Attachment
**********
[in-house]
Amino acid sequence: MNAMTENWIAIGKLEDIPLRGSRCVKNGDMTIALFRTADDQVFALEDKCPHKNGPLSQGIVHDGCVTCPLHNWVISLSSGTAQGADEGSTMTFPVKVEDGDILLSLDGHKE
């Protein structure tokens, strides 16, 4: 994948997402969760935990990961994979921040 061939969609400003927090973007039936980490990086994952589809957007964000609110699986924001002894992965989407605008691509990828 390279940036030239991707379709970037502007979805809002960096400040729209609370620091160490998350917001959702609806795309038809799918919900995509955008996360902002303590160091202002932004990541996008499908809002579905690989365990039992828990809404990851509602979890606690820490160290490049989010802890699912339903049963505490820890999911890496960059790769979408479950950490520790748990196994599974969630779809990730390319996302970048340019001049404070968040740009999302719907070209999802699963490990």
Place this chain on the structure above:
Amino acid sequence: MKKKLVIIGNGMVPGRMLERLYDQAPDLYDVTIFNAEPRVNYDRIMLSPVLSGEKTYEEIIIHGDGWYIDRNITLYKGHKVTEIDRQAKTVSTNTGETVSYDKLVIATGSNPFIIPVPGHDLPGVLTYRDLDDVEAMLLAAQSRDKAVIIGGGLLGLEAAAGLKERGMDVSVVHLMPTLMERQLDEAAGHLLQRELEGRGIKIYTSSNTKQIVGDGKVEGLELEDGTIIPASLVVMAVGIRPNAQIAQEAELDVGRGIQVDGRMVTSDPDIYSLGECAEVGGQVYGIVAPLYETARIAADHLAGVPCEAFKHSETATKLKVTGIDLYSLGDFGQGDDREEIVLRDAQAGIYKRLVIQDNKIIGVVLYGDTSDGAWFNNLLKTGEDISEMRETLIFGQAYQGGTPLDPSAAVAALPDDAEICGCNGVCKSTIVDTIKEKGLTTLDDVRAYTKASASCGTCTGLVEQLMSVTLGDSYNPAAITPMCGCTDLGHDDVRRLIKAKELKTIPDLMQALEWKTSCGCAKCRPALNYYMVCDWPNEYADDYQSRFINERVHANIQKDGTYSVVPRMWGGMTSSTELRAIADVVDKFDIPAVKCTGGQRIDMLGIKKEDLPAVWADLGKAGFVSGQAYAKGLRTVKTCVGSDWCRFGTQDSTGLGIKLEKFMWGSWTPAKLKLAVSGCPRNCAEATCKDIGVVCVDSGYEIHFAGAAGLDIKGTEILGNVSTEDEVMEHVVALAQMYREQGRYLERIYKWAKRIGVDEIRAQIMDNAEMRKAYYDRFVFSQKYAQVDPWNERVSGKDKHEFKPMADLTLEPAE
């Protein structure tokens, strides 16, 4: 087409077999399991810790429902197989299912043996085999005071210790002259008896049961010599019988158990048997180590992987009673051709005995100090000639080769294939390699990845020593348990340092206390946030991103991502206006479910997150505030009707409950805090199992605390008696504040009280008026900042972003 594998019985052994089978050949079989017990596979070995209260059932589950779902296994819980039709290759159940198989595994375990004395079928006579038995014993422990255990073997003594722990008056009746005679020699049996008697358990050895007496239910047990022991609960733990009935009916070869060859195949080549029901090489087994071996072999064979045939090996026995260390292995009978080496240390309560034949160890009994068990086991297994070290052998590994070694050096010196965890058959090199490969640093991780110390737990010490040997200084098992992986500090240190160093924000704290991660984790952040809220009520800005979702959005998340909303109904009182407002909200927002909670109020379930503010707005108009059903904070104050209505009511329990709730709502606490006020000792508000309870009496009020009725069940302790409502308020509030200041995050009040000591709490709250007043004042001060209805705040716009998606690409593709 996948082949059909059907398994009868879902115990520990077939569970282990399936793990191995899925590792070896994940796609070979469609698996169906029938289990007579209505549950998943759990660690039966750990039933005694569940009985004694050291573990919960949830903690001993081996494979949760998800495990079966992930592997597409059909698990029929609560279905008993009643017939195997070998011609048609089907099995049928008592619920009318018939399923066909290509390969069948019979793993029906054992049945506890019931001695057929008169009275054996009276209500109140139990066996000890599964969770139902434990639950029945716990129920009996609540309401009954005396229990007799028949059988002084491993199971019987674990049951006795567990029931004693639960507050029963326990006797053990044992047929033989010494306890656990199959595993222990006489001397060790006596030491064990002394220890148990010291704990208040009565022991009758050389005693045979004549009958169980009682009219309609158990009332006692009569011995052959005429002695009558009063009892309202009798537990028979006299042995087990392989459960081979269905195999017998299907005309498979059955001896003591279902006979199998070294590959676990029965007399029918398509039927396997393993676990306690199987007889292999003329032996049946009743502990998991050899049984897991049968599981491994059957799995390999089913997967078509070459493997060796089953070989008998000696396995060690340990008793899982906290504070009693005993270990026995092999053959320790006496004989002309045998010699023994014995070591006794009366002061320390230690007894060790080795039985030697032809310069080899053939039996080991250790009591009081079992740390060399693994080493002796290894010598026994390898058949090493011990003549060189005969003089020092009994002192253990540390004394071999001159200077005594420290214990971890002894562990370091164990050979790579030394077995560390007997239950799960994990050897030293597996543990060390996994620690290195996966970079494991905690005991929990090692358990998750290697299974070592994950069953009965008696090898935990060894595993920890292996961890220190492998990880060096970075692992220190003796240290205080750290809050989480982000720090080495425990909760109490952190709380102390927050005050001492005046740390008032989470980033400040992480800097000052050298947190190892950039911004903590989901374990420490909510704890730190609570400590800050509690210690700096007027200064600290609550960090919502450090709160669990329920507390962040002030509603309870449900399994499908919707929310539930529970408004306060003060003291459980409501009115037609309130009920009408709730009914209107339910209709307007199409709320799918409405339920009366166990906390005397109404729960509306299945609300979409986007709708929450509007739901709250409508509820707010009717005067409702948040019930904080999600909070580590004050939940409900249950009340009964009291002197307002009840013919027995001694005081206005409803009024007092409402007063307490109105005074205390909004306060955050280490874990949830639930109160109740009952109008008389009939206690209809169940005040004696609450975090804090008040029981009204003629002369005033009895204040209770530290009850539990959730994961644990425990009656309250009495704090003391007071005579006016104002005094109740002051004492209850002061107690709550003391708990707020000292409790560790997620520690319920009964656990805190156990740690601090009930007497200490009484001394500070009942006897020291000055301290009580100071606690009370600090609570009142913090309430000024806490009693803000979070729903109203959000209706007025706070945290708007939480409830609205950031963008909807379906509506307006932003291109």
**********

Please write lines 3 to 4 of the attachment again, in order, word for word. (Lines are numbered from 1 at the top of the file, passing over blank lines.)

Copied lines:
């Protein structure tokens, strides 16, 4: 994948997402969760935990990961994979921040 061939969609400003927090973007039936980490990086994952589809957007964000609110699986924001002894992965989407605008691509990828 390279940036030239991707379709970037502007979805809002960096400040729209609370620091160490998350917001959702609806795309038809799918919900995509955008996360902002303590160091202002932004990541996008499908809002579905690989365990039992828990809404990851509602979890606690820490160290490049989010802890699912339903049963505490820890999911890496960059790769979408479950950490520790748990196994599974969630779809990730390319996302970048340019001049404070968040740009999302719907070209999802699963490990």
Place this chain on the structure above: